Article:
Local field potentials (LFP), the low-frequency part of extracellular electrical recordings, are a measure of the neural activity reflecting dendritic processing of synaptic inputs to neuronal populations. To localize synaptic dynamics, it is convenient, whenever possible, to estimate the density of transmembrane current sources (CSD) generating the LFP. In this work, we propose a new framework, the kernel current source density method (kCSD), for nonparametric estimation of CSD from LFP recorded from arbitrarily distributed electrodes using kernel methods. We test specific implementations of this framework on model data measured with one-, two-, and three-dimensional multielectrode setups. We compare these methods with the traditional approach through numerical approximation of the Laplacian and with the recently developed inverse current source density methods (iCSD). We show that iCSD is a special case of kCSD. The proposed method opens up new experimental possibilities for CSD analysis from existing or new recordings on arbitrarily distributed electrodes (not necessarily on a grid), which can be obtained in extracellular recordings of single unit activity with multiple electrodes.

  16. KERNEL PHASE IN FIZEAU INTERFEROMETRY

    SciTech Connect

    Martinache, Frantz

    2010-11-20

    The detection of high contrast companions at small angular separation appears feasible in conventional direct images using the self-calibration properties of interferometric observable quantities. The friendly notion of closure phase, which is key to the recent observational successes of non-redundant aperture masking interferometry used with adaptive optics, appears to be one example of a wide family of observable quantities that are not contaminated by phase noise. In the high-Strehl regime, soon to be available thanks to the coming generation of extreme adaptive optics systems on ground-based telescopes, and already available from space, closure phase like information can be extracted from any direct image, even taken with a redundant aperture. These new phase-noise immune observable quantities, called kernel phases, are determined a priori from the knowledge of the geometry of the pupil only. Re-analysis of archive data acquired with the Hubble Space Telescope NICMOS instrument using this new kernel-phase algorithm demonstrates the power of the method as it clearly detects and locates with milliarcsecond precision a known companion to a star at angular separation less than the diffraction limit.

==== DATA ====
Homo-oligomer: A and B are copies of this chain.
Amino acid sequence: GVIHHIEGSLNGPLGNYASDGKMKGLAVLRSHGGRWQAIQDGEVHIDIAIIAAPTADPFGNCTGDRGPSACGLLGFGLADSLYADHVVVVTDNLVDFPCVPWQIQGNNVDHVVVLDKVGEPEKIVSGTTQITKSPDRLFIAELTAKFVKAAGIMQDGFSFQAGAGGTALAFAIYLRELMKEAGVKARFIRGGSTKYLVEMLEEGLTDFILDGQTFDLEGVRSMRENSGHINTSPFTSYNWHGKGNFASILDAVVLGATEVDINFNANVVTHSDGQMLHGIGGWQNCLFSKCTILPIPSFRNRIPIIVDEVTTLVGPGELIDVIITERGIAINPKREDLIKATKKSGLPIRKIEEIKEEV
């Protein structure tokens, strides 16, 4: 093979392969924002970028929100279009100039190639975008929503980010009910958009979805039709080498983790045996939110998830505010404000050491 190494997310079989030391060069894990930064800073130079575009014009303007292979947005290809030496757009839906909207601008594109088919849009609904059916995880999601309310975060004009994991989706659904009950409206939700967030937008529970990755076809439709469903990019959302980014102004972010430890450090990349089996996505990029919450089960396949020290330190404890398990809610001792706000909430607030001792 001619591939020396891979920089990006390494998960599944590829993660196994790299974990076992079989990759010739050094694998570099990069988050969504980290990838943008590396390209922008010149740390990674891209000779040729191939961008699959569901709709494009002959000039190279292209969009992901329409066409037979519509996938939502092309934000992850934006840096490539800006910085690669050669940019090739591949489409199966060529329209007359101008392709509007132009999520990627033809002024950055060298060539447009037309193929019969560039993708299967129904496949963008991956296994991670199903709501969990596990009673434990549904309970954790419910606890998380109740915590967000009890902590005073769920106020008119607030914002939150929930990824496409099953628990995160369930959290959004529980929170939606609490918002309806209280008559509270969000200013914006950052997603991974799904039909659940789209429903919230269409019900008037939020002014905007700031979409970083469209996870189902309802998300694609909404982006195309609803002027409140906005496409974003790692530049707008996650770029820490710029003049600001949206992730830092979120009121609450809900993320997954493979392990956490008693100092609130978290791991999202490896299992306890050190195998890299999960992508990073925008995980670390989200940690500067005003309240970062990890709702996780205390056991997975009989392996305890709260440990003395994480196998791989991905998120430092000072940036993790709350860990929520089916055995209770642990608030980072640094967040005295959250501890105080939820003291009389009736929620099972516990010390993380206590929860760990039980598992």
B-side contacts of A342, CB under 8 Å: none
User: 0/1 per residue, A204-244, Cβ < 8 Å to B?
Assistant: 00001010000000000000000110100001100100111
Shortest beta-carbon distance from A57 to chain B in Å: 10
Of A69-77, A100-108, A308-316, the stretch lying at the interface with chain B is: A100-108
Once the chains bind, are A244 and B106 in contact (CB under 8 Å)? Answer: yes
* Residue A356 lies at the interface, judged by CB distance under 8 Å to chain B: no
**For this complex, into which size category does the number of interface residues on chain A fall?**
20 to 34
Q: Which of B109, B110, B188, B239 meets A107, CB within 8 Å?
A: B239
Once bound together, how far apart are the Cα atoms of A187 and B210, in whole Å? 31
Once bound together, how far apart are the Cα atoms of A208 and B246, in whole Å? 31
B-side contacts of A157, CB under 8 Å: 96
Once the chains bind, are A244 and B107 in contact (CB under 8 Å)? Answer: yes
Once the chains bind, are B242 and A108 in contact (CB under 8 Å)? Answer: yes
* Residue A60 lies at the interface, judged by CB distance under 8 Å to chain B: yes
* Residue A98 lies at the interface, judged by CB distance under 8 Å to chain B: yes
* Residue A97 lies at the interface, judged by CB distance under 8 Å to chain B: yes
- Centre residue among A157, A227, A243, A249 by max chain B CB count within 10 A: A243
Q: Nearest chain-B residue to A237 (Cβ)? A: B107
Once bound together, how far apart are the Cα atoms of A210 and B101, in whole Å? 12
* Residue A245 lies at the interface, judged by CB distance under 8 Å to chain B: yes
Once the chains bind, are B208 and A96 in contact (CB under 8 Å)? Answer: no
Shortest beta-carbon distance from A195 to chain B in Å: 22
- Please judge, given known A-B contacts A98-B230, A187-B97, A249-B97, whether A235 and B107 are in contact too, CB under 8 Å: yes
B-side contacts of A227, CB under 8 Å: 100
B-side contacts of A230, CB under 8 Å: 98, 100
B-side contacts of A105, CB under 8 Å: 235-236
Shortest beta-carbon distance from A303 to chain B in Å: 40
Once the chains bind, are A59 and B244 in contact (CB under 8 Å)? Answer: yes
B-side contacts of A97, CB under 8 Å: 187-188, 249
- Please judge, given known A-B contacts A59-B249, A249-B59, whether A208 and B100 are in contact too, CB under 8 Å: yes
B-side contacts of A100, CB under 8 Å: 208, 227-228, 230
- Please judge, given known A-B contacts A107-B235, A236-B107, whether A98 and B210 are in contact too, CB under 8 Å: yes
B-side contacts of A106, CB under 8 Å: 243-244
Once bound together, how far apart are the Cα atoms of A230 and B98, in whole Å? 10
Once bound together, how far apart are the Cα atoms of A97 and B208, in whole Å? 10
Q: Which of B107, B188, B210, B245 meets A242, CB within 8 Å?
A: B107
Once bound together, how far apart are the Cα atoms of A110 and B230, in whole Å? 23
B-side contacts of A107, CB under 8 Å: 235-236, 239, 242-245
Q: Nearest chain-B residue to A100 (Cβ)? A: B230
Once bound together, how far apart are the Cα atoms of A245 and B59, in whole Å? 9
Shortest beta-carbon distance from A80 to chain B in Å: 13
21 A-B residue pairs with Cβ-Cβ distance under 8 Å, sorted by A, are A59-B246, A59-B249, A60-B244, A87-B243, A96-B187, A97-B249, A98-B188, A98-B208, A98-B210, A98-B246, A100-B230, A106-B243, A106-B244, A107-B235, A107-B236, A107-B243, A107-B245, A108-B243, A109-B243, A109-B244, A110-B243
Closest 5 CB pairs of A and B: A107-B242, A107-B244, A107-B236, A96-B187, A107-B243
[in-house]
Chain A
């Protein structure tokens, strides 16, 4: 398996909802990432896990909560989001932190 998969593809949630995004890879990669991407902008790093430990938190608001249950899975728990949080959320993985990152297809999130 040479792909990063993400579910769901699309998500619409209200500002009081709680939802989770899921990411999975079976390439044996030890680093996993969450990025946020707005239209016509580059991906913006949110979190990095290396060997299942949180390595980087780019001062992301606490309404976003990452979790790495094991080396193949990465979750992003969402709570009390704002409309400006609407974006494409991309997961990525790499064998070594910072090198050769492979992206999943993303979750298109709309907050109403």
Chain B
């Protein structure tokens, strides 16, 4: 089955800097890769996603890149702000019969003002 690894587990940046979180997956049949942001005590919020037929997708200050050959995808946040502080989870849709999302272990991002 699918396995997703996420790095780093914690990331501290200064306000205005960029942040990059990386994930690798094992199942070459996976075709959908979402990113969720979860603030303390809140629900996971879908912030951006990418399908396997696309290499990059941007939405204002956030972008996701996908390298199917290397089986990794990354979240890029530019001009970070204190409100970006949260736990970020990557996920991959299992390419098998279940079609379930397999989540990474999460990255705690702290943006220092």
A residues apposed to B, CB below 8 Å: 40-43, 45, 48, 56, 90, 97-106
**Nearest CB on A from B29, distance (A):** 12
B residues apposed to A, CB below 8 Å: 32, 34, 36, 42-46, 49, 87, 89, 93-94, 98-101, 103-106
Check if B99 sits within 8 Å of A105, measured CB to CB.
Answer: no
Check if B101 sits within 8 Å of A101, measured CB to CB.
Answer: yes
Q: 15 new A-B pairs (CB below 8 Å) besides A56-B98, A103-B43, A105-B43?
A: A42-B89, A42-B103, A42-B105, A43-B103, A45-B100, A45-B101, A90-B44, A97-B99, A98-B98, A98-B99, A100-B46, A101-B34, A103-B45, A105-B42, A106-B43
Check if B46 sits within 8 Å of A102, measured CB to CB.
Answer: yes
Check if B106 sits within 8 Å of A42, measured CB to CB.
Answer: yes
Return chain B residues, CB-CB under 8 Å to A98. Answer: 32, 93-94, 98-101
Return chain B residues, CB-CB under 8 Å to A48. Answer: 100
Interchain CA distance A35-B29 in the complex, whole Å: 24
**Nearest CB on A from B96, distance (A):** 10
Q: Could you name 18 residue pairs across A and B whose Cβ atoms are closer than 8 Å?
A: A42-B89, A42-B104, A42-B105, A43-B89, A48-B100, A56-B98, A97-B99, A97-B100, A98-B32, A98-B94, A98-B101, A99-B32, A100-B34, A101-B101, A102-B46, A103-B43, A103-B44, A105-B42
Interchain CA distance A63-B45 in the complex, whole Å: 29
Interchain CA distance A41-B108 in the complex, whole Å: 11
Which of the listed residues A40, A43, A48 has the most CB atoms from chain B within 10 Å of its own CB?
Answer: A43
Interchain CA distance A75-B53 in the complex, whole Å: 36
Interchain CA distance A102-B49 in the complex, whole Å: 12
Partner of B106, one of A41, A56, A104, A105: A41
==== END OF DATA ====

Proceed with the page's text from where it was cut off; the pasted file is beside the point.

17. Bergman Kernel from Path Integral

    NASA Astrophysics Data System (ADS)

    Douglas, Michael R.; Klevtsov, Semyon

    2010-01-01

    We rederive the expansion of the Bergman kernel on Kähler manifolds developed by Tian, Yau, Zelditch, Lu and Catlin, using path integral and perturbation theory, and generalize it to supersymmetric quantum mechanics. One physics interpretation of this result is as an expansion of the projector of wave functions on the lowest Landau level, in the special case that the magnetic field is proportional to the Kähler form. This is relevant for the quantum Hall effect in curved space, and for its higher dimensional generalizations. Other applications include the theory of coherent states, the study of balanced metrics, noncommutative field theory, and a conjecture on metrics in black hole backgrounds discussed in [24]. We give a short overview of these various topics. From a conceptual point of view, this expansion is noteworthy as it is a geometric expansion, somewhat similar to the DeWitt-Seeley-Gilkey et al short time expansion for the heat kernel, but in this case describing the long time limit, without depending on supersymmetry.